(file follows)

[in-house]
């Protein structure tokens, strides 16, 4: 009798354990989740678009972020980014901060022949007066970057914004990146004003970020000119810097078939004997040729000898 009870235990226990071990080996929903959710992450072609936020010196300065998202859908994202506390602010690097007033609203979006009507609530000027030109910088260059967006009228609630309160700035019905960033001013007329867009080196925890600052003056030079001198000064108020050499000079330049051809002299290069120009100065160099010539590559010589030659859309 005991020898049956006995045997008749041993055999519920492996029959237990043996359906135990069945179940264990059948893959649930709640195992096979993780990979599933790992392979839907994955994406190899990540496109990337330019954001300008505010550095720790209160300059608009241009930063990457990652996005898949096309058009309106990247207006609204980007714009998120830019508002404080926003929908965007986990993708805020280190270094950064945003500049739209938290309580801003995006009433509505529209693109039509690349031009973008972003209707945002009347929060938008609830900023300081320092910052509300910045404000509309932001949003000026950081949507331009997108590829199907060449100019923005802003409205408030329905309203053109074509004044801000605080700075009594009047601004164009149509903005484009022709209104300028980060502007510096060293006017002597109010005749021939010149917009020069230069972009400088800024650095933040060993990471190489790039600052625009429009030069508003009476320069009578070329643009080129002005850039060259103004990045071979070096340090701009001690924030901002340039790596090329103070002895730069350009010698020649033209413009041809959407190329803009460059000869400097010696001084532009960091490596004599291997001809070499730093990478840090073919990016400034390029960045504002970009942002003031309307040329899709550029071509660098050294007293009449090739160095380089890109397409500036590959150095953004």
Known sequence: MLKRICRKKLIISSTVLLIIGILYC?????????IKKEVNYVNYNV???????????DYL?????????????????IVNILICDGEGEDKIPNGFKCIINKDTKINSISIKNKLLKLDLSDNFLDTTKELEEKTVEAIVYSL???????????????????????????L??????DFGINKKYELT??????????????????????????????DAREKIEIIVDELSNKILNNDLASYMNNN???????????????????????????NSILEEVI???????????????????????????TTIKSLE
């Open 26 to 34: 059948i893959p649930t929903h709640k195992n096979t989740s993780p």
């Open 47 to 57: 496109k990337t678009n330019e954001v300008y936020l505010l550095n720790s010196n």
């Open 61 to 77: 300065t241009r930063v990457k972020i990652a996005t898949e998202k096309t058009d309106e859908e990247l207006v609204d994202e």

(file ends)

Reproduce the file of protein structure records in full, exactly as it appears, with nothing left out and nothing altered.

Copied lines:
[in-house]
């Protein structure tokens, strides 16, 4: 009798354990989740678009972020980014901060022949007066970057914004990146004003970020000119810097078939004997040729000898 009870235990226990071990080996929903959710992450072609936020010196300065998202859908994202506390602010690097007033609203979006009507609530000027030109910088260059967006009228609630309160700035019905960033001013007329867009080196925890600052003056030079001198000064108020050499000079330049051809002299290069120009100065160099010539590559010589030659859309 005991020898049956006995045997008749041993055999519920492996029959237990043996359906135990069945179940264990059948893959649930709640195992096979993780990979599933790992392979839907994955994406190899990540496109990337330019954001300008505010550095720790209160300059608009241009930063990457990652996005898949096309058009309106990247207006609204980007714009998120830019508002404080926003929908965007986990993708805020280190270094950064945003500049739209938290309580801003995006009433509505529209693109039509690349031009973008972003209707945002009347929060938008609830900023300081320092910052509300910045404000509309932001949003000026950081949507331009997108590829199907060449100019923005802003409205408030329905309203053109074509004044801000605080700075009594009047601004164009149509903005484009022709209104300028980060502007510096060293006017002597109010005749021939010149917009020069230069972009400088800024650095933040060993990471190489790039600052625009429009030069508003009476320069009578070329643009080129002005850039060259103004990045071979070096340090701009001690924030901002340039790596090329103070002895730069350009010698020649033209413009041809959407190329803009460059000869400097010696001084532009960091490596004599291997001809070499730093990478840090073919990016400034390029960045504002970009942002003031309307040329899709550029071509660098050294007293009449090739160095380089890109397409500036590959150095953004």
Known sequence: MLKRICRKKLIISSTVLLIIGILYC?????????IKKEVNYVNYNV???????????DYL?????????????????IVNILICDGEGEDKIPNGFKCIINKDTKINSISIKNKLLKLDLSDNFLDTTKELEEKTVEAIVYSL???????????????????????????L??????DFGINKKYELT??????????????????????????????DAREKIEIIVDELSNKILNNDLASYMNNN???????????????????????????NSILEEVI???????????????????????????TTIKSLE
């Open 26 to 34: 059948i893959p649930t929903h709640k195992n096979t989740s993780p």
């Open 47 to 57: 496109k990337t678009n330019e954001v300008y936020l505010l550095n720790s010196n």
């Open 61 to 77: 300065t241009r930063v990457k972020i990652a996005t898949e998202k096309t058009d309106e859908e990247l207006v609204d994202e």